On January 9, 2015, Justice Bransten of the New York County Commercial Division issued a decision in Marsh USA Inc. v. Doerfler, 2015 NY Slip Op 50020(U), holding that, as written in the parties’ agreement, a New York choice of law provision precluded an argument that New York law should not be applied because the parties and the agreement had no reasonable relationship to the state.
The contract at issue in Marsh USA Inc. stated that it “shall be governed by, and construed in accordance with, the laws of the State of New York, without regard to its conflict of laws provisions.” (Emphasis added). Justice Bransten found that the exclusion of New York’s “conflict of laws provisions” from the choice of law clause foreclosed any argument that New York law should not apply because of insufficient connections to the forum – which is essentially a conflict of laws argument. The Court explained:
It is well-settled that a basic precept of contract interpretation is that agreements should be construed to effectuate the parties’ intent. As a result, New York courts are willing to enforce parties’ choice of law provisions. Such provisions are considered prima facie valid. To invalidate such a provision, a party “must show that its enforcement would be unreasonable, unjust, or would contravene public policy, or that the clause is invalid because of fraud or overreaching.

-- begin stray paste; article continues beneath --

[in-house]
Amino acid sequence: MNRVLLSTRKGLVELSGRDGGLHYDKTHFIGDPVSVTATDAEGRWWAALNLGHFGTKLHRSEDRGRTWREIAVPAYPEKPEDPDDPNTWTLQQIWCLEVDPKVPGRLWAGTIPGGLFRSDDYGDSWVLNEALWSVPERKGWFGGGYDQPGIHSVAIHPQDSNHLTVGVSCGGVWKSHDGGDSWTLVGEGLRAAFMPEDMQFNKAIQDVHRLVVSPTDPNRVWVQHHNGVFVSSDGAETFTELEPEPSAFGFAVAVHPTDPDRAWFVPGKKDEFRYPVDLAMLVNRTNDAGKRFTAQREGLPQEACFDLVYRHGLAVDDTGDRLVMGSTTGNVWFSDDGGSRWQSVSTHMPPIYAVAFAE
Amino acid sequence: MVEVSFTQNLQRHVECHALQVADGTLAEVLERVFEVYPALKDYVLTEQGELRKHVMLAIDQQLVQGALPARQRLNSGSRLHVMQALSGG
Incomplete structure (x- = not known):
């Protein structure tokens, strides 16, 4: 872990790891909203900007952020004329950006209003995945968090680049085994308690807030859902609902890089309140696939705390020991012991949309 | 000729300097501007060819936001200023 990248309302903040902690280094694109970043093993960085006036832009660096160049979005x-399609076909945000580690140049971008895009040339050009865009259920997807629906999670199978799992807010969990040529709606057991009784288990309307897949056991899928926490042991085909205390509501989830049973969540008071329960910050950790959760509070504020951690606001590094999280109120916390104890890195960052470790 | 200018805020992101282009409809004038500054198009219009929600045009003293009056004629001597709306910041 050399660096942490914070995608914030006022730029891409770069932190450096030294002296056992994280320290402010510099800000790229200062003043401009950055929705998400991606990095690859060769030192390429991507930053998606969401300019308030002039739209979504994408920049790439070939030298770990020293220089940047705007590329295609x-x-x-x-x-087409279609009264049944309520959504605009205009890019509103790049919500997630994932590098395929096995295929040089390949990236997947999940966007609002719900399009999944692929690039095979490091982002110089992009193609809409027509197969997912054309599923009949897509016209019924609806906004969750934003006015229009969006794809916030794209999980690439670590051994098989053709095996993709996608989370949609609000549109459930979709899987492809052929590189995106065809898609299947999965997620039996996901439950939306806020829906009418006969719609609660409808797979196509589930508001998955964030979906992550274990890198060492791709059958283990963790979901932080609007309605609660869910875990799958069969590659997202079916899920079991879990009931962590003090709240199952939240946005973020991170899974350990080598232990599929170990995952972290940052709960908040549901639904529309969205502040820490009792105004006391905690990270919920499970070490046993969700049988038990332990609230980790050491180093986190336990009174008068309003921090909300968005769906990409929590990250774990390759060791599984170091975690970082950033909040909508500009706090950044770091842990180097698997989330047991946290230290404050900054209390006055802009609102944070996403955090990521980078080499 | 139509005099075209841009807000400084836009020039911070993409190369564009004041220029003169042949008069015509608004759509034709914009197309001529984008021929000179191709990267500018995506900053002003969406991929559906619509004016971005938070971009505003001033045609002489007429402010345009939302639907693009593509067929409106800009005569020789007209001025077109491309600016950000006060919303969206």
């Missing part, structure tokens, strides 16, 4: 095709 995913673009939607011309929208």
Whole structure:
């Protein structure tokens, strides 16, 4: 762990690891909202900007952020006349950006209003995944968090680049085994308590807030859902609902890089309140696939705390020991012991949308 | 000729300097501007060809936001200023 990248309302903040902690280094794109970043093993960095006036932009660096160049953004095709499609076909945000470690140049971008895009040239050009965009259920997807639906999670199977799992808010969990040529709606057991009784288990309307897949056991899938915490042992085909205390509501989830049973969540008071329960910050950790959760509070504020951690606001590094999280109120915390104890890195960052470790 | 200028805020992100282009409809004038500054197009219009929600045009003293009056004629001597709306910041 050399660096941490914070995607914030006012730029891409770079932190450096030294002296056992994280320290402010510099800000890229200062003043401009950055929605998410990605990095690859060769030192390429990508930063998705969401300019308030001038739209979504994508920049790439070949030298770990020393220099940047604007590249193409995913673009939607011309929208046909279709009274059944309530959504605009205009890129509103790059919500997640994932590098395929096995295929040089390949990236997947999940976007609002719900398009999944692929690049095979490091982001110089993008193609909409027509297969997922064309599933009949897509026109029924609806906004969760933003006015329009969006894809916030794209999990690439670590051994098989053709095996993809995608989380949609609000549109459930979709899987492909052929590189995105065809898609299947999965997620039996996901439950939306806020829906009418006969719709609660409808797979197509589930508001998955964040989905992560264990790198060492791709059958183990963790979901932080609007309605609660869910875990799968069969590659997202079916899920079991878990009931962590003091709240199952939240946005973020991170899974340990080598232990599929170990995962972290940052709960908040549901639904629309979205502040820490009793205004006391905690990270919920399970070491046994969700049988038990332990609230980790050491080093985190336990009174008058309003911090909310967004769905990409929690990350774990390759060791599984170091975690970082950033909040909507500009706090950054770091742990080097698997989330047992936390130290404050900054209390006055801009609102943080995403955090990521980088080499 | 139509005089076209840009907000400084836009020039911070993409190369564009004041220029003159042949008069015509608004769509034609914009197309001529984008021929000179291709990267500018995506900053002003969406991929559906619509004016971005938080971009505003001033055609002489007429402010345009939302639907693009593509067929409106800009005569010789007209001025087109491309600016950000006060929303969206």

Defendants’ principal arguments against enforcing the choice of law provision in the NSA are that the parties and their agreement bear no reasonable relationship to New York and that the application of New York law would be contrary to the policy of Oregon. However, the second phrase of the NSA’s choice of law provision—”without regard to its conflict of laws provisions”—forecloses such an inquiry. The Second Circuit interpreted nearly identical language, and concluded that “New York’s conflict of law rule regarding trusts [which would have instead called for the application of Cayman Islands law] is not relevant to this case because paragraph 38 clearly states that in interpreting the Settlement Agreement, New York internal’ law applies without regard to conflicts of law.'” Archer Invs. S.a.r.l v. Local 282 Welfare Trust Fund, 462 F. App’x 122, 123-24 (2d Cir. 2012).
Here, as in Archer, Defendants’ arguments in favor of applying Oregon law would correctly be characterized as “conflict of laws” arguments and therefore may not be considered according to the plain language of the NSA, which requires the application of New York law to the governance and construing of the NSA, without regard to New York’s conflict of laws provisions. Accordingly, the choice of law provision must be enforced, such that New York (not Oregon) law governs the parties’ dispute.
(Some citations omitted).